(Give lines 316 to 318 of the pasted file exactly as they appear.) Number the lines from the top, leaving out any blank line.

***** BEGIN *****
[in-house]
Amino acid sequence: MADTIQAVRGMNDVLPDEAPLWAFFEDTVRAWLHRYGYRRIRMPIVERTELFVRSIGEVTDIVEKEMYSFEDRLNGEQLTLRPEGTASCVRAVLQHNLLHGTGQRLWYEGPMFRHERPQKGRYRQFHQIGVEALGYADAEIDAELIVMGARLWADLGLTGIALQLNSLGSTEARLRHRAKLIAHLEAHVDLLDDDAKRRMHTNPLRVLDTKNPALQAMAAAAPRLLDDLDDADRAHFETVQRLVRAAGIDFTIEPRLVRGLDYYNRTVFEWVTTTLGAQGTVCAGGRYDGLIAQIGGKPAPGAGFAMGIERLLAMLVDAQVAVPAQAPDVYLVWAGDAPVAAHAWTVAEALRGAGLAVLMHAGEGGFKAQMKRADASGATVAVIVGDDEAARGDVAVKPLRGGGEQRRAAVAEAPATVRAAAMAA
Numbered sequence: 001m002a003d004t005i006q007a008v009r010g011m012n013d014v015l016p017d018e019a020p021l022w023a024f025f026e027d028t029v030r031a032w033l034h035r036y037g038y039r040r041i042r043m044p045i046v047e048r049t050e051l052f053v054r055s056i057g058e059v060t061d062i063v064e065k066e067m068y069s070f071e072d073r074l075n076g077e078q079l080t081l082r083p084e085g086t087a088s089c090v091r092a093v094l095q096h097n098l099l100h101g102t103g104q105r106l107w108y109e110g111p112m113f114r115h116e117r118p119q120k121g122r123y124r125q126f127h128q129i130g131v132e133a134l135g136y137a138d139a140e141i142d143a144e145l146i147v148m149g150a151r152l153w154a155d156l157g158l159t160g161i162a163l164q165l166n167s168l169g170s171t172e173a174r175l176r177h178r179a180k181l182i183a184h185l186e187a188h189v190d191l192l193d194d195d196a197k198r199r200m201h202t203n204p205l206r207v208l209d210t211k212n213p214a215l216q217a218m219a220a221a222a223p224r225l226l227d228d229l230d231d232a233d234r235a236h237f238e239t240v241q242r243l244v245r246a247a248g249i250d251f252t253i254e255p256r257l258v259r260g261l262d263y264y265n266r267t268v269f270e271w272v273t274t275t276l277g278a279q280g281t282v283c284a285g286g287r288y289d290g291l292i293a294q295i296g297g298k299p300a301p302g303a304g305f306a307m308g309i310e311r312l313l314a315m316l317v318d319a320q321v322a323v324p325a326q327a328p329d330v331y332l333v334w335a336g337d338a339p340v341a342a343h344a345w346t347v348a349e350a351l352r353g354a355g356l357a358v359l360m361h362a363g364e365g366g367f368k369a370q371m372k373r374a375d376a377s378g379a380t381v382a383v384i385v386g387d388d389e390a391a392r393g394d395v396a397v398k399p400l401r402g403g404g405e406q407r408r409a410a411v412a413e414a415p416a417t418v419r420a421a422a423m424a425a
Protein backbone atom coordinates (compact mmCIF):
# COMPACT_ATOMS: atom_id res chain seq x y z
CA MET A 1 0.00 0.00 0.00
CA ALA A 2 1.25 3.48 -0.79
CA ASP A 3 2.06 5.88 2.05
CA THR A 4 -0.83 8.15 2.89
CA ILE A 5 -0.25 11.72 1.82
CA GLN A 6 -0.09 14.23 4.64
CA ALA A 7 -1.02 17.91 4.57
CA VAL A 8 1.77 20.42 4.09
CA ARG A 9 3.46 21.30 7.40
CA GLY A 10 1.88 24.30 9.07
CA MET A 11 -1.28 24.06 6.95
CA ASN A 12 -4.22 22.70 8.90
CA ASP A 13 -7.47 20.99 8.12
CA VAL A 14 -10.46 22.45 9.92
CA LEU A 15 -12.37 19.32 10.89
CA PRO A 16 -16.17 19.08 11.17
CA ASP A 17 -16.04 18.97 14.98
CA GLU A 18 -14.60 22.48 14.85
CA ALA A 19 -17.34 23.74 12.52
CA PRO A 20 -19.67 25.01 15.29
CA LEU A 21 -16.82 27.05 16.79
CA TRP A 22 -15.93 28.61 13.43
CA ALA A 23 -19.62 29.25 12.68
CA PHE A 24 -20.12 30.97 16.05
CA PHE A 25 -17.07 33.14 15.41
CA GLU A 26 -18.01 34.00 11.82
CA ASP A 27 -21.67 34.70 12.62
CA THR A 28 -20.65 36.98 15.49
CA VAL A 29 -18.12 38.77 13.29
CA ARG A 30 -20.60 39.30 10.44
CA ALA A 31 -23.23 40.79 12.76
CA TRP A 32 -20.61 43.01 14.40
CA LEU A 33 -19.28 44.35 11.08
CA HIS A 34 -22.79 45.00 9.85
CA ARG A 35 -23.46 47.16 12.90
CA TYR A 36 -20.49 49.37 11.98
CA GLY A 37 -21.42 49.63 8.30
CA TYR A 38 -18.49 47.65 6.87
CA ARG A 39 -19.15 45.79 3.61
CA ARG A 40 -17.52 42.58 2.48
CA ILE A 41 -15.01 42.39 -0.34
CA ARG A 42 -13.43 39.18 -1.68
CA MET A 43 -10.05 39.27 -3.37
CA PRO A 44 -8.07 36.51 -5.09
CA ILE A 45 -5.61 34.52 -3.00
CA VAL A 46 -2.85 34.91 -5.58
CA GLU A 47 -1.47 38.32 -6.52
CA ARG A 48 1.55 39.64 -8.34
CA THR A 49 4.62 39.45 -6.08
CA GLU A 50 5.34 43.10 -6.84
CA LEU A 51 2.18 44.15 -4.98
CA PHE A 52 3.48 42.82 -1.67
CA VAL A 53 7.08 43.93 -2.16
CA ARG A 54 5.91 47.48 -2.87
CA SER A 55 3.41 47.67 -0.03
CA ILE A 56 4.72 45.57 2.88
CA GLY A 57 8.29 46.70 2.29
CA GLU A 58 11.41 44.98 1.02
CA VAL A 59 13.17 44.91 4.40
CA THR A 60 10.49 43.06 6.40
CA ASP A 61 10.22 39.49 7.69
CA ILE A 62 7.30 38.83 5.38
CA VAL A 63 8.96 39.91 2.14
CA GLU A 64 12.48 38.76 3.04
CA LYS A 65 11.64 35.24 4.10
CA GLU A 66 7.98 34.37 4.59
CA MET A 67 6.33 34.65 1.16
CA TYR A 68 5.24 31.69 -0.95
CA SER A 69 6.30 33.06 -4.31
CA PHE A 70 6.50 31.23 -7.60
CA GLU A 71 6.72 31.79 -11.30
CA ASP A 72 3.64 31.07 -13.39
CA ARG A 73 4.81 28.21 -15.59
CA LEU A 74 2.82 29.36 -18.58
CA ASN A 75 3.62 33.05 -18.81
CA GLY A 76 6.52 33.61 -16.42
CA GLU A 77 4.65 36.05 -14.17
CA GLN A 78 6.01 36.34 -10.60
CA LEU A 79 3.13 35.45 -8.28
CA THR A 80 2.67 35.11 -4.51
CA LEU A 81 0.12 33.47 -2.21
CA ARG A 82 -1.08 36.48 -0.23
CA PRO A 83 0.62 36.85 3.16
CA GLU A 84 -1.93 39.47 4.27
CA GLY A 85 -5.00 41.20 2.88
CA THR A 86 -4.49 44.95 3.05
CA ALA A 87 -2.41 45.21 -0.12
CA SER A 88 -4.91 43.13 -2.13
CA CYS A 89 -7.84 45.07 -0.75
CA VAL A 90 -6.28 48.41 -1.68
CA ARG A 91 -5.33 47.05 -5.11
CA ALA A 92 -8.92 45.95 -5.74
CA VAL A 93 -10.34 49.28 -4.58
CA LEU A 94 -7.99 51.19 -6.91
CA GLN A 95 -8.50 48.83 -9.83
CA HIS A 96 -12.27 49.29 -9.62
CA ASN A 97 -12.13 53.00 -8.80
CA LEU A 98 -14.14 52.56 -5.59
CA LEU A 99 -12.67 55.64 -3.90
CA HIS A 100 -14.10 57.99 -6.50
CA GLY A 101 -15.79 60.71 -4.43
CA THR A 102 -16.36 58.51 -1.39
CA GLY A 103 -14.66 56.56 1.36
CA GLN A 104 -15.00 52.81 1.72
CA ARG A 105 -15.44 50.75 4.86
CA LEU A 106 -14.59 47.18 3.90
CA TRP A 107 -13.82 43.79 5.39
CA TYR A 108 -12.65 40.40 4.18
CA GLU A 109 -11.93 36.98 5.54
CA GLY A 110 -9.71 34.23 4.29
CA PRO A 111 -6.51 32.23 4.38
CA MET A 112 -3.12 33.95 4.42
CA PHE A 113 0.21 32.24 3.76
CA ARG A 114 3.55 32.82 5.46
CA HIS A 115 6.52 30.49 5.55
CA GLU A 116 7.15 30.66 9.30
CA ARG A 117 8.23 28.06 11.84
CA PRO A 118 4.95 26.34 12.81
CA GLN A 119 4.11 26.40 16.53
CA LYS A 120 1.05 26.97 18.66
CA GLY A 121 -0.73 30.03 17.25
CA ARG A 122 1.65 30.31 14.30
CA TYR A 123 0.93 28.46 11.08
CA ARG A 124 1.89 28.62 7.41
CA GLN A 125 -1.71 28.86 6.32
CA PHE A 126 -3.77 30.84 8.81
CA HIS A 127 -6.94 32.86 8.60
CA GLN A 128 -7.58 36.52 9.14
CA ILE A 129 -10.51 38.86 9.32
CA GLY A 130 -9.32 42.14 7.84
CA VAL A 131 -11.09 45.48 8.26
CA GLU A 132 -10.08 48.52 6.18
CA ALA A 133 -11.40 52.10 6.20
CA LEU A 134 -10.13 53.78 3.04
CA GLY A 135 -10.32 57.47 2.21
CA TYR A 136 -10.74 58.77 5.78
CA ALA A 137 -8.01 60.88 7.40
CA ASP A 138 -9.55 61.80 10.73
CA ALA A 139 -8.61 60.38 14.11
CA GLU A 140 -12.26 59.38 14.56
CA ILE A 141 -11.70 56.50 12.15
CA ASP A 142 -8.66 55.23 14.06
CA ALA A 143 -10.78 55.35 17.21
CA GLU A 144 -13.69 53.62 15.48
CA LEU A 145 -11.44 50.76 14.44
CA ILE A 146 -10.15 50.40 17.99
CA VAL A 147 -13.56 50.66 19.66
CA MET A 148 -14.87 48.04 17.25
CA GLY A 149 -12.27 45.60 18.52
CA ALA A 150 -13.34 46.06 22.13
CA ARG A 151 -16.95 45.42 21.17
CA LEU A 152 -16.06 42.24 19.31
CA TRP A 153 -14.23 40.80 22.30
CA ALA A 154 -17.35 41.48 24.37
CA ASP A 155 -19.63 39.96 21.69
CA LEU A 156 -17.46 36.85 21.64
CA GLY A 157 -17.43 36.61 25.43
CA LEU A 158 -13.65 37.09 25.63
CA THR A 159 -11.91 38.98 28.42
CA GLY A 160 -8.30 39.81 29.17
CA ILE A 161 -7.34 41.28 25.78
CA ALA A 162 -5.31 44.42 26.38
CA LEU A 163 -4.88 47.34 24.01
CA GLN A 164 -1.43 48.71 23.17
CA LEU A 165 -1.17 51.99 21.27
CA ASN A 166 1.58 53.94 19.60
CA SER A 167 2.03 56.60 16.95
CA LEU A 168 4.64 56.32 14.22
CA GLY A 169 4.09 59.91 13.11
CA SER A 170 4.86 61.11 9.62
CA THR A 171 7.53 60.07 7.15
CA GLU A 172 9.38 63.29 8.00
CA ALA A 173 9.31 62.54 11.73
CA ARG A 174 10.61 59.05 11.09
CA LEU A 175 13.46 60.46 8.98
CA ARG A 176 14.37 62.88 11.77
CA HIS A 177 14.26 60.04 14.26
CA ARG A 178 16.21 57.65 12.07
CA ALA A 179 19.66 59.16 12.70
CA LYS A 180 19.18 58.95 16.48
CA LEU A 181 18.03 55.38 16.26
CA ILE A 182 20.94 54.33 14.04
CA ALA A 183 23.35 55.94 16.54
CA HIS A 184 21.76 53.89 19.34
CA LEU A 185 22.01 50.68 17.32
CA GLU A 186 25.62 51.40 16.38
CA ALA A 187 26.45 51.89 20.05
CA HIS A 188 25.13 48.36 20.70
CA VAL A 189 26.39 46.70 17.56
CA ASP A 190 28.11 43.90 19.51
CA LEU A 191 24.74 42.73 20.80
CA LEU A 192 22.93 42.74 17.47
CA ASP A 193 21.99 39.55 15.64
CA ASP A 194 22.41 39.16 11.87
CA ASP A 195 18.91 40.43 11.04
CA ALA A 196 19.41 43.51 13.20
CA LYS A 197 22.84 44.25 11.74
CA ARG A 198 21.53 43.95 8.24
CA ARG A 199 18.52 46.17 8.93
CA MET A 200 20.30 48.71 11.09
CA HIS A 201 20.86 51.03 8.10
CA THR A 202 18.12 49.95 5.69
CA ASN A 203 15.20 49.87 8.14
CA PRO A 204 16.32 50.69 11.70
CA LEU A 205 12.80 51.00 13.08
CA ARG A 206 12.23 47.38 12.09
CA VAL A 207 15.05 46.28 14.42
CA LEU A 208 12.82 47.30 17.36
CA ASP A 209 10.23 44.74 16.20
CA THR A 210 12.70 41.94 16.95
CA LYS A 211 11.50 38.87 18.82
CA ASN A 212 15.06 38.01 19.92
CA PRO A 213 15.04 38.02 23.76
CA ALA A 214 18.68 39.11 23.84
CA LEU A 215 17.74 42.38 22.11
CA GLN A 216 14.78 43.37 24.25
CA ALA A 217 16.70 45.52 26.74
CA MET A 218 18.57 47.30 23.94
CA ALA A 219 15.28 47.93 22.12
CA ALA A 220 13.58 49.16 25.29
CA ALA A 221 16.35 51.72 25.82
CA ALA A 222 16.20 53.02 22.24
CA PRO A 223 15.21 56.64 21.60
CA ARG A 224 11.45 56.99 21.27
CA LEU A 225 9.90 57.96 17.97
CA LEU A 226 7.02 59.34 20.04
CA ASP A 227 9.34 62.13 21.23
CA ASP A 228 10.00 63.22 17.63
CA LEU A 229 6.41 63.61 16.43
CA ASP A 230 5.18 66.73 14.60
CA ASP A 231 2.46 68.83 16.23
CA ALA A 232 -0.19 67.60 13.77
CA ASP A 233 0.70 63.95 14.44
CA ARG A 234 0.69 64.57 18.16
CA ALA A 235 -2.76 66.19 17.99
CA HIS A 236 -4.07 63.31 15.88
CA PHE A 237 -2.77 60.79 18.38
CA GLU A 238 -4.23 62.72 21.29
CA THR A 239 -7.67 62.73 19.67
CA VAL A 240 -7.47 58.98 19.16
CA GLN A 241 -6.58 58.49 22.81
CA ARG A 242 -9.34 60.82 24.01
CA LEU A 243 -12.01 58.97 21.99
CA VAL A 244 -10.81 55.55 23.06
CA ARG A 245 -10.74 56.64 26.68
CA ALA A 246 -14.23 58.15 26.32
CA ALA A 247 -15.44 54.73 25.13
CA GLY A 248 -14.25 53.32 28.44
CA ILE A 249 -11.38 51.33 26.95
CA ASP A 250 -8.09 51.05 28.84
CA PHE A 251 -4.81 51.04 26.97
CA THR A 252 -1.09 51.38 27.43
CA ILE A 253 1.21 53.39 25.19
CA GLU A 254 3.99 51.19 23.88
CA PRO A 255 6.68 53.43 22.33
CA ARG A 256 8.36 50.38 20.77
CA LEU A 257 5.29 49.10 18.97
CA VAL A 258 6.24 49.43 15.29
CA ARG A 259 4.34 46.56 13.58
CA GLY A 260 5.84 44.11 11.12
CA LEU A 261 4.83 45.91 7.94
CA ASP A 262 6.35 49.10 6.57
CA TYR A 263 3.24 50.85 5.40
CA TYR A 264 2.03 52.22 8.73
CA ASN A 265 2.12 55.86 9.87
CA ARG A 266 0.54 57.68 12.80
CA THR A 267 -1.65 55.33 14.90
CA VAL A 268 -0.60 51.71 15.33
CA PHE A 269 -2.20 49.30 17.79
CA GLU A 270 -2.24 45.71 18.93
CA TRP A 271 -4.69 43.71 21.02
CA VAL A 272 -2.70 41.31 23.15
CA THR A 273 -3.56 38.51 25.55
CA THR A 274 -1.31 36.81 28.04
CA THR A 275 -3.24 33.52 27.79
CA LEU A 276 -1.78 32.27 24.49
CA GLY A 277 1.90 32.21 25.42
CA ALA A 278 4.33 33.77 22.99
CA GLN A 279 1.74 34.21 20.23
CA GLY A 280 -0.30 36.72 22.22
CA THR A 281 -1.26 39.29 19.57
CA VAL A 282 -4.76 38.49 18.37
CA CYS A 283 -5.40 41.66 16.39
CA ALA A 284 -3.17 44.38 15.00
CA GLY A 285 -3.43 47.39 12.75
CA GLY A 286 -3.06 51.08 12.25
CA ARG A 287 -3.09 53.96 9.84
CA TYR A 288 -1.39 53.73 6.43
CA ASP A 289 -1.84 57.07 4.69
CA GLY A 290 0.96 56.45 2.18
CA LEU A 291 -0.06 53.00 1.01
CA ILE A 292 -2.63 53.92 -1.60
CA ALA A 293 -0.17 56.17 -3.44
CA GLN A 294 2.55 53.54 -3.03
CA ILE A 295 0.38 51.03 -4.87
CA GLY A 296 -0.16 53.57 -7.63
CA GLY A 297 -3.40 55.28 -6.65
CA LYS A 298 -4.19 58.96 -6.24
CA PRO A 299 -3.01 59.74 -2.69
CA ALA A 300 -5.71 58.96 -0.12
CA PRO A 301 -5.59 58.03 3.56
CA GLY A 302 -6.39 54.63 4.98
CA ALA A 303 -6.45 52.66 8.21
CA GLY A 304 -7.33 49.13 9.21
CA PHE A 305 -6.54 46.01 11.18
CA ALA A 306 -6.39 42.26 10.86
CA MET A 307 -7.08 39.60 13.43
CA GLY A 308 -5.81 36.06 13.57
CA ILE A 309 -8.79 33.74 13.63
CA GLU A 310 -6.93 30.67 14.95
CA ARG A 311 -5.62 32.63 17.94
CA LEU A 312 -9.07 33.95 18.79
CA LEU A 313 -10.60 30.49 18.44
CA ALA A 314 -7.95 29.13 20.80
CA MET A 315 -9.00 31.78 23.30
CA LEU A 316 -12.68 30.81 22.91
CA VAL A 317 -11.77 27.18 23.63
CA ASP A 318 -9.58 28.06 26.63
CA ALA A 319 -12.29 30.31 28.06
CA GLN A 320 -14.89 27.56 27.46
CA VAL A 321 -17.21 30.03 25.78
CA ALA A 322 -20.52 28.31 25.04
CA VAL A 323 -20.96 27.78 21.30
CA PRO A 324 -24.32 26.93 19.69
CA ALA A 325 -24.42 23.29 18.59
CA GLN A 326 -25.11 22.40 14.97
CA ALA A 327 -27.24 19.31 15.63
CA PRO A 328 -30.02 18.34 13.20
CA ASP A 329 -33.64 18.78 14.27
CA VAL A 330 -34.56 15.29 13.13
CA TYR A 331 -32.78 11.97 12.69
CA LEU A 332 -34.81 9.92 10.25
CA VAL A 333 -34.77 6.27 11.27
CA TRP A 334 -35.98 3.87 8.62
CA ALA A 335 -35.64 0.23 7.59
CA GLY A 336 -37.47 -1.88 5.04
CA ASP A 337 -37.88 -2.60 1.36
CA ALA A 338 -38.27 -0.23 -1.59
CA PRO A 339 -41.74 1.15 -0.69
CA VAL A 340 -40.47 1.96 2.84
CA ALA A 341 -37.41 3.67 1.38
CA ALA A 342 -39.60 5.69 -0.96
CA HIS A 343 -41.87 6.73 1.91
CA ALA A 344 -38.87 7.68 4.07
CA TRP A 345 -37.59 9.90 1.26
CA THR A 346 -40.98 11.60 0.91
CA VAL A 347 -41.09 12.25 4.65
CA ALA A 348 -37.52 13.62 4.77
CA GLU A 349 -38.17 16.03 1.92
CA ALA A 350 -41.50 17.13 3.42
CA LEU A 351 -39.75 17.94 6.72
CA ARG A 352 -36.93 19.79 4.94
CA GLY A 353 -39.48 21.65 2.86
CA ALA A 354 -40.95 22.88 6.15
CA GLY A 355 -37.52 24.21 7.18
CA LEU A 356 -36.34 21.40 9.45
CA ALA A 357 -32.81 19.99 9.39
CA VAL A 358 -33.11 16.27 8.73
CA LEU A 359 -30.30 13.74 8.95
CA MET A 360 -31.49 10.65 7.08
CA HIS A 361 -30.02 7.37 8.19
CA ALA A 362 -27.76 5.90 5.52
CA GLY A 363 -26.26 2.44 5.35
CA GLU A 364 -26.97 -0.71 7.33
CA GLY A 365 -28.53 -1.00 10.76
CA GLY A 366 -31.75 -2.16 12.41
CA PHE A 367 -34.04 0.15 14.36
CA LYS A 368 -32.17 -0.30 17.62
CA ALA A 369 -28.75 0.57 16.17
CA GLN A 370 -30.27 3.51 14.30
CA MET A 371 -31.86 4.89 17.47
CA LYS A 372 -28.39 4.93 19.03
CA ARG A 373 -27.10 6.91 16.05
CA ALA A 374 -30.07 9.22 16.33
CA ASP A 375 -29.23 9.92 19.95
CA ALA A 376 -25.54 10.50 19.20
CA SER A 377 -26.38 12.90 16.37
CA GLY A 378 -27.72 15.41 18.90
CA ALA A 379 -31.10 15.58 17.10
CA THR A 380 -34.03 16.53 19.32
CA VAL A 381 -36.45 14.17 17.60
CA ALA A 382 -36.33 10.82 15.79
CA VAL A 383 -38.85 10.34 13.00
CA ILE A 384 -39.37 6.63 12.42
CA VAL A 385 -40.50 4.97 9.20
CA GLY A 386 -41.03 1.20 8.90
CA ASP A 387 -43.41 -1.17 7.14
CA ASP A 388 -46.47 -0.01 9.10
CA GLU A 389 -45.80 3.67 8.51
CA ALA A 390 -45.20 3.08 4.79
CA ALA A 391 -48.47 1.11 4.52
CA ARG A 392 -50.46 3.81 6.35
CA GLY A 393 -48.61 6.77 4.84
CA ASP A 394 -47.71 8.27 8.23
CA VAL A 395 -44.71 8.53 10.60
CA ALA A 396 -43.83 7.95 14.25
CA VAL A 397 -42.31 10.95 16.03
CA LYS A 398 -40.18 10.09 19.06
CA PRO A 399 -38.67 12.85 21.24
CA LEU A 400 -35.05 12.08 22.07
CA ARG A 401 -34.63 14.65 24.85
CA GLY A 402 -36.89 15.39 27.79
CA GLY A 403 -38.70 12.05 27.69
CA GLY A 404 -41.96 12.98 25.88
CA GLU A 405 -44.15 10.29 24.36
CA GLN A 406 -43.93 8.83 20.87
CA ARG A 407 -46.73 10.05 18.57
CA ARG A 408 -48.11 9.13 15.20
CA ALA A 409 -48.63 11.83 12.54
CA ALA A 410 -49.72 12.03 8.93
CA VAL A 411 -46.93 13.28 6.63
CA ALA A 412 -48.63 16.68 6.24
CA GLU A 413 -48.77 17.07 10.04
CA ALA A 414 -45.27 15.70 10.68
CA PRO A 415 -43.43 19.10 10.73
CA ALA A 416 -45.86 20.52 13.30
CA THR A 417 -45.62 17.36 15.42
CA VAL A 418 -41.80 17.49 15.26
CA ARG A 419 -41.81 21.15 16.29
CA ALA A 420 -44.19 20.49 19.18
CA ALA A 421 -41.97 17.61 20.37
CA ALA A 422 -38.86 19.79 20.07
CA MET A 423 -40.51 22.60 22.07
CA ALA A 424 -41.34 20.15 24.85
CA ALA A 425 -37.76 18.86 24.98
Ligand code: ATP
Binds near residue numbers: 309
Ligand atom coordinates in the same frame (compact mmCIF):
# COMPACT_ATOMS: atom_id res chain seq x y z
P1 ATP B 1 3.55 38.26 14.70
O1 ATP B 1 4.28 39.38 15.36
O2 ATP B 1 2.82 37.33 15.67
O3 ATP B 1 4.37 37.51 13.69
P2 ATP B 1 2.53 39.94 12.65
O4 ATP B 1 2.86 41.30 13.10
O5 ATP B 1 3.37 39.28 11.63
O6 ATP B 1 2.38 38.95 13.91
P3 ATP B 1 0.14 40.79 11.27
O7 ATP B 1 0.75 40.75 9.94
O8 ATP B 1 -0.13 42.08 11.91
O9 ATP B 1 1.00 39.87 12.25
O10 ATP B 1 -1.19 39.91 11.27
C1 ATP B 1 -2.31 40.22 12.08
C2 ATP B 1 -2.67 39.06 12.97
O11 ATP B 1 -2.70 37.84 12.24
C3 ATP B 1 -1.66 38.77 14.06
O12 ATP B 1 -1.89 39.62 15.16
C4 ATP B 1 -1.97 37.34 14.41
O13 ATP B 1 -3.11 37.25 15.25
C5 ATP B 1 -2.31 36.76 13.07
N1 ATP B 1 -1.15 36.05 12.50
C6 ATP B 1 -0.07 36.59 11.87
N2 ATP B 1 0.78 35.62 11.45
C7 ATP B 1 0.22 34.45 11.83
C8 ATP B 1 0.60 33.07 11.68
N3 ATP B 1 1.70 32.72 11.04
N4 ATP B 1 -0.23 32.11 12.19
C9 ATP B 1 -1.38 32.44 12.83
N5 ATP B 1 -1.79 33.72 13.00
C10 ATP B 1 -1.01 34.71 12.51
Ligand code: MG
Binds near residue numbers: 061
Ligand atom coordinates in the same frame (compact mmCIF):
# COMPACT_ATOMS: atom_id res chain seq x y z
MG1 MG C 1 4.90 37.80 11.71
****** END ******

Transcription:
CA ARG A 311 -5.62 32.63 17.94
CA LEU A 312 -9.07 33.95 18.79
CA LEU A 313 -10.60 30.49 18.44